The problem was that although the FDA required proof that the drug was clinically superior at the time of approval, the statute didn’t say that. So Depomed, Inc., successfully sued the FDA in 2012 to receive exclusivity absent a demonstration of clinical superiority, followed by Eagle Pharmaceuticals, Inc., in 2018. One more suit from United Therapeutics Corporation is still pending.
The changes to FDARA Section 607(c)(1) amend Section 527 of the FFDCA to state that “If a sponsor of a drug that is designated under section 526 and is otherwise the same, as determined by the Secretary, as an already approved or licensed drug is seeking exclusive approval or exclusive licensure described in subsection (a) for the same rare disease or condition as the already approved drug, the Secretary shall require such sponsor, as a condition of such exclusive approval or licensure, to demonstrate that such drug is clinically superior to any already approved or licensed drug that is the same drug.”
This means a drug approved after 2017 will need to demonstrate clinical superiority over approved products that contain the same drug for the same indication at NDA approval to obtain the 7-years orphan drug exclusivity.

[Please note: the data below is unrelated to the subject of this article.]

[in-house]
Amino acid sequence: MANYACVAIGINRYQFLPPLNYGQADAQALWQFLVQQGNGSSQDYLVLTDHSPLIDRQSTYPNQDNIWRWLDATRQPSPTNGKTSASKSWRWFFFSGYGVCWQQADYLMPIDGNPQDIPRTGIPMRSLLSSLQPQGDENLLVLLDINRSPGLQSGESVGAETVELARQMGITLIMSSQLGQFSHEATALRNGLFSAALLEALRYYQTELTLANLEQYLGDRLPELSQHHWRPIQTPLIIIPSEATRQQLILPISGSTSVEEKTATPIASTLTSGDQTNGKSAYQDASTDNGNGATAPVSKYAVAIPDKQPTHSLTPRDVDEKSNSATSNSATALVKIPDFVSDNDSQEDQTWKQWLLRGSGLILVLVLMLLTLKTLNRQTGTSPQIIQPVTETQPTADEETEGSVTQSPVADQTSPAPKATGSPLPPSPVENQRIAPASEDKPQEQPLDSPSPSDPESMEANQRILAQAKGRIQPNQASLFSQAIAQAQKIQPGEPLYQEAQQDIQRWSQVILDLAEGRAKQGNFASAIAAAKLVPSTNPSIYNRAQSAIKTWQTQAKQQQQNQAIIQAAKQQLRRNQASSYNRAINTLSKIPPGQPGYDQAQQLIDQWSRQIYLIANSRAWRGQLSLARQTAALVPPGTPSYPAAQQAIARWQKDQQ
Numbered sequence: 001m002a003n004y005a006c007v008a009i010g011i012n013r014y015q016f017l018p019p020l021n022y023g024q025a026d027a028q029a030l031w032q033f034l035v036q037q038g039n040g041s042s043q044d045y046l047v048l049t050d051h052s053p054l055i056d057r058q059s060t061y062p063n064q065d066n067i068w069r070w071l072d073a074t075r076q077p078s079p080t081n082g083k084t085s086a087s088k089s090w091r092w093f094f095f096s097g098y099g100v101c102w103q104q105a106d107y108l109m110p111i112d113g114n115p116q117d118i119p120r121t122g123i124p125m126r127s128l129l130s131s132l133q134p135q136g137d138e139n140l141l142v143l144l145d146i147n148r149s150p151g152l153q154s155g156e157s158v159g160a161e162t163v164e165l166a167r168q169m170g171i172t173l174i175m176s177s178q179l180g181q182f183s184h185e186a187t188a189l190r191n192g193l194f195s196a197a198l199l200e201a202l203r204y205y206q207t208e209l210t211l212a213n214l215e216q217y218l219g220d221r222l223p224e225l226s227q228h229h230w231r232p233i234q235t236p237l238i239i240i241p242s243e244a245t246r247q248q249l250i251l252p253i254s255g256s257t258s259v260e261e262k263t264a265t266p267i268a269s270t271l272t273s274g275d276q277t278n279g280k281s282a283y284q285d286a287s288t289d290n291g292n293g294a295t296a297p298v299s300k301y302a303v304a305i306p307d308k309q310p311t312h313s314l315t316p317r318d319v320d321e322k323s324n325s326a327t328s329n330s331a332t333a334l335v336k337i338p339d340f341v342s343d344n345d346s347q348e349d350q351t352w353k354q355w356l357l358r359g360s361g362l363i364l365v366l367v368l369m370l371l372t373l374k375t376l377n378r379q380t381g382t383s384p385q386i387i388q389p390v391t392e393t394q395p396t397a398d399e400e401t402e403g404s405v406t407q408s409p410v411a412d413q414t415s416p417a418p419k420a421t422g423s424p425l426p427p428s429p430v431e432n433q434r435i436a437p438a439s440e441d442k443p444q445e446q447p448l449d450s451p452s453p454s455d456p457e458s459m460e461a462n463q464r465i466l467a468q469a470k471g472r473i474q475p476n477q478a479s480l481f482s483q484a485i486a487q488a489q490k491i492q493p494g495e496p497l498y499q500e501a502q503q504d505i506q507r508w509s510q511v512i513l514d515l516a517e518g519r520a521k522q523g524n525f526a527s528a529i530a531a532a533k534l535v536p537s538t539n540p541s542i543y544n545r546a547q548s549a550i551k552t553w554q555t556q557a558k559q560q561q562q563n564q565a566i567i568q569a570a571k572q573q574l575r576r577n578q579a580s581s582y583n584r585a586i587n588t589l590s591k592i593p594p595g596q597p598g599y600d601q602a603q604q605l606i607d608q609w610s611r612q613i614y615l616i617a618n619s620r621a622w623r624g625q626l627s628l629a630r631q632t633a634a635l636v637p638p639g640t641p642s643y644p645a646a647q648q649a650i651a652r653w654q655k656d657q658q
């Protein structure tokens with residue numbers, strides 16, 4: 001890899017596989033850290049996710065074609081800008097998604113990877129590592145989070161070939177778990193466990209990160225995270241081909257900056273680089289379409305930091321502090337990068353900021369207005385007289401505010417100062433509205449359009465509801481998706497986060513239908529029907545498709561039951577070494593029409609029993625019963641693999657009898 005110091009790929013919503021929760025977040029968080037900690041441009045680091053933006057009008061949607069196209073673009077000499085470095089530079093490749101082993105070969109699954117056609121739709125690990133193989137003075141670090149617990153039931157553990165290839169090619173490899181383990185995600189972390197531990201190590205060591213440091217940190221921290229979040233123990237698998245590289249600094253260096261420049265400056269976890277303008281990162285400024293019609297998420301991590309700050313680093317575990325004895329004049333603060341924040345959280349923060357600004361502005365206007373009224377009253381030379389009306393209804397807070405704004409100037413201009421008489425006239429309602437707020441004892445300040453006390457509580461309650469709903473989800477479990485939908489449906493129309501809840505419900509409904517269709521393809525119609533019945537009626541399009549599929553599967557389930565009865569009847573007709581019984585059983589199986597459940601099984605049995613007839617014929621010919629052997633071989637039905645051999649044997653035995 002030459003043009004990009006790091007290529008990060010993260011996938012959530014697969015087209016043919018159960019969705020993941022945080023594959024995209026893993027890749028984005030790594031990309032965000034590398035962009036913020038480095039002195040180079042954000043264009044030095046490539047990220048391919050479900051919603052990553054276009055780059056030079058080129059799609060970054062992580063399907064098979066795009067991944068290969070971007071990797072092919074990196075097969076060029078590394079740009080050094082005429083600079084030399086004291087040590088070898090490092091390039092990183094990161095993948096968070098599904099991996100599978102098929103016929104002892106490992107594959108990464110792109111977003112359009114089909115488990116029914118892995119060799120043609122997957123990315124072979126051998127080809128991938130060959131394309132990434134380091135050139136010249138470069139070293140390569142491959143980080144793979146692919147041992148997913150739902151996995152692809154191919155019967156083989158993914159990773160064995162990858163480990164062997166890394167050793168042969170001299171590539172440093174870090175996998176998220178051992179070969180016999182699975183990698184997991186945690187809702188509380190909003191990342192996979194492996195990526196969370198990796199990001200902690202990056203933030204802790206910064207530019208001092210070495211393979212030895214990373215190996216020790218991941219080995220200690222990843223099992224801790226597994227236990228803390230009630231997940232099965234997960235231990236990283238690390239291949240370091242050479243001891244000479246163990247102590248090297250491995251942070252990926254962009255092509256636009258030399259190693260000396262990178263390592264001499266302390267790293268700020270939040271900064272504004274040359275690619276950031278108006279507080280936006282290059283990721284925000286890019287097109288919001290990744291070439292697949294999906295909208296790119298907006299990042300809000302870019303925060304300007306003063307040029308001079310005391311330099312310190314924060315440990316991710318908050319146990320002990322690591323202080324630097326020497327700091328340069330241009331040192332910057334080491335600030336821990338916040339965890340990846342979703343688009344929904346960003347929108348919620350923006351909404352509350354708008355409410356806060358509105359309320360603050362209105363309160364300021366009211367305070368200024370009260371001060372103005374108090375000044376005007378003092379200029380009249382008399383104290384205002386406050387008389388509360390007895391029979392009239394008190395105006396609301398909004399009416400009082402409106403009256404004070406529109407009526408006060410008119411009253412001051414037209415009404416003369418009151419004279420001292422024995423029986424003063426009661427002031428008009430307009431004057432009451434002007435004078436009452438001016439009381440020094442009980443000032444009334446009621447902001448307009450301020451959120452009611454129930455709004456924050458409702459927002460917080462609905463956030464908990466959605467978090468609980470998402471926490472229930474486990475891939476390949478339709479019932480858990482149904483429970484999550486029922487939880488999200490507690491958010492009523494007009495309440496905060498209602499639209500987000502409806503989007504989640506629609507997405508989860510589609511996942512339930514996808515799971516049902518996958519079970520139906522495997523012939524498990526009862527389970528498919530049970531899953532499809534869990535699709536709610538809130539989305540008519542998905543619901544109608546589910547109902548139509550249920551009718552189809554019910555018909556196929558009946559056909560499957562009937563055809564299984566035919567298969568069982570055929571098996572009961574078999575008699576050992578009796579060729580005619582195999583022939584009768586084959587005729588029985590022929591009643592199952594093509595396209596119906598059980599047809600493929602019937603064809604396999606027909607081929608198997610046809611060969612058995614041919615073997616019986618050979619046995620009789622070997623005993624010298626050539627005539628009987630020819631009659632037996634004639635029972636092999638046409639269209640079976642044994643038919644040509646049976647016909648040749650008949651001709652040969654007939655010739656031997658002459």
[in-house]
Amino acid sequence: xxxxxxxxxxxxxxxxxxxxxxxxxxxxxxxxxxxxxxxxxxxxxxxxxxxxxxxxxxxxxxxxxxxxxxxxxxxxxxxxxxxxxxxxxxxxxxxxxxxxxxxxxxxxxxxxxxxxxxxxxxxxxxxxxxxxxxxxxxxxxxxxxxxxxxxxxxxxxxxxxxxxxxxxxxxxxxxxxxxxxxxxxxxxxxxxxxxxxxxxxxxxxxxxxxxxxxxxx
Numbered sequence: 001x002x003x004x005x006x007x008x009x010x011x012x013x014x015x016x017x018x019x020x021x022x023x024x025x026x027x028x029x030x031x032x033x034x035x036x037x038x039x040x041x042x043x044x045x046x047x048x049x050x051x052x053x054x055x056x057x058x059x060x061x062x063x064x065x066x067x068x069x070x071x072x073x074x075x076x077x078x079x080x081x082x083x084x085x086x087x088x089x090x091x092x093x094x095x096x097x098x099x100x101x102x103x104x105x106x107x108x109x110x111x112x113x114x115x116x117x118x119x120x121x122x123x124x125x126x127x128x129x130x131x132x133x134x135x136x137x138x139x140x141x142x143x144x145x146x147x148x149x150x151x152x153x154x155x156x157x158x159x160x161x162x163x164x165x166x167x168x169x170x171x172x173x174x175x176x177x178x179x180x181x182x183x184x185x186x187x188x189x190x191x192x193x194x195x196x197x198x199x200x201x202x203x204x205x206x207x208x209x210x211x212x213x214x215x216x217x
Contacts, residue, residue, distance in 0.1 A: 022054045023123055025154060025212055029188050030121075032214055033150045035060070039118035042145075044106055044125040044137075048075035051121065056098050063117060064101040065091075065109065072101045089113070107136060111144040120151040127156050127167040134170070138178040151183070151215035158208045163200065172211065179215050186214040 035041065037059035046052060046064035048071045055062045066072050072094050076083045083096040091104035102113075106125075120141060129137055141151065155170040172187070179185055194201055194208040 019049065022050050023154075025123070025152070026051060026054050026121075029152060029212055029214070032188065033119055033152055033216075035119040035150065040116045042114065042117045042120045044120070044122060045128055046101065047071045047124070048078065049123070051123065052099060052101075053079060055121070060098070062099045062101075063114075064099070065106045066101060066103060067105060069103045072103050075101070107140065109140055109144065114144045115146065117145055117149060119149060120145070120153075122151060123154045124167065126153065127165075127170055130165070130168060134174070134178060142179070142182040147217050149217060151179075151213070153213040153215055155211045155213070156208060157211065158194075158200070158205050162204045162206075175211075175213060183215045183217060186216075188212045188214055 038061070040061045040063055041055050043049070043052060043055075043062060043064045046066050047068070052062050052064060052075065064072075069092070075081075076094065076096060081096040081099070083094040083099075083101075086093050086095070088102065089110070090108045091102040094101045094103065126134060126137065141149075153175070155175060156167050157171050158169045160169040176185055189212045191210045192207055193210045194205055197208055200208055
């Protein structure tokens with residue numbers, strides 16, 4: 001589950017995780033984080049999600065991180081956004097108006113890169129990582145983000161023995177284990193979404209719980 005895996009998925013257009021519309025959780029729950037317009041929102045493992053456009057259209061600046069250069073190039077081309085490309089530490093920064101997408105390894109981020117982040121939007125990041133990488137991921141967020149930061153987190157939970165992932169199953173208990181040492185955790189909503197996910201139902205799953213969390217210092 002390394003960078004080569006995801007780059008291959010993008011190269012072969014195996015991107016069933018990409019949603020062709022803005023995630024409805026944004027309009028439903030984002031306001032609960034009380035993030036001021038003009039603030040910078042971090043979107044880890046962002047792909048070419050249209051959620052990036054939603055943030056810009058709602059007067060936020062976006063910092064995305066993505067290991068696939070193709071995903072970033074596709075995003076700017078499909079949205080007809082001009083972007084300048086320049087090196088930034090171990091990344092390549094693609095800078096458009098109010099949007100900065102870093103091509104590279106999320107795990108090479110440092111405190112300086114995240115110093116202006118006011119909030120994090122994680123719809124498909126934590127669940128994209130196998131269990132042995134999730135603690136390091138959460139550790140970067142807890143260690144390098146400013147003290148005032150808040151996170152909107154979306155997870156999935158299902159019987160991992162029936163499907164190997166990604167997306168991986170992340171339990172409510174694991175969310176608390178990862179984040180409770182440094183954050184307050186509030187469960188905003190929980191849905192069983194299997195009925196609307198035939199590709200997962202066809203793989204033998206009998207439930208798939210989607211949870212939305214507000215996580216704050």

Clinically superior is defined in FDARA Section 607(c)(2) as “a significant therapeutic advantage over and above an already approved or licensed drug in terms of greater efficacy, greater safety, or by providing a major contribution to patient care.
Publication of Clinical Superiority Cases
FDARA Section 607(e)(2) requires that the FDA publish clinical superiority findings from 2017 onward. The FDA has established such a page on its website and it currently lists only one such case (BLA 761060; Mylotarg (gemtuzumab ozogamicin).
In total, there are 4 other biologics and 11 drugs that have been found to be clinically superior to approved products prior to 2017.
Of these products, only one has been found to be superior on the basis of improved efficacy, and 8 on the basis of improved safety. The remaining 7 products were found to be superior based on a major contribution to patient care.
Contact us to discuss your unique orphan product. Camargo’s regulatory and rare disease experts look forward to working with you.
Angela Drew, PhD, Product Ideation Consultant, Camargo Pharmaceutical Services
William Stoltman, JD, Senior Director of Quality Assurance / Compliance, Camargo Pharmaceutical Services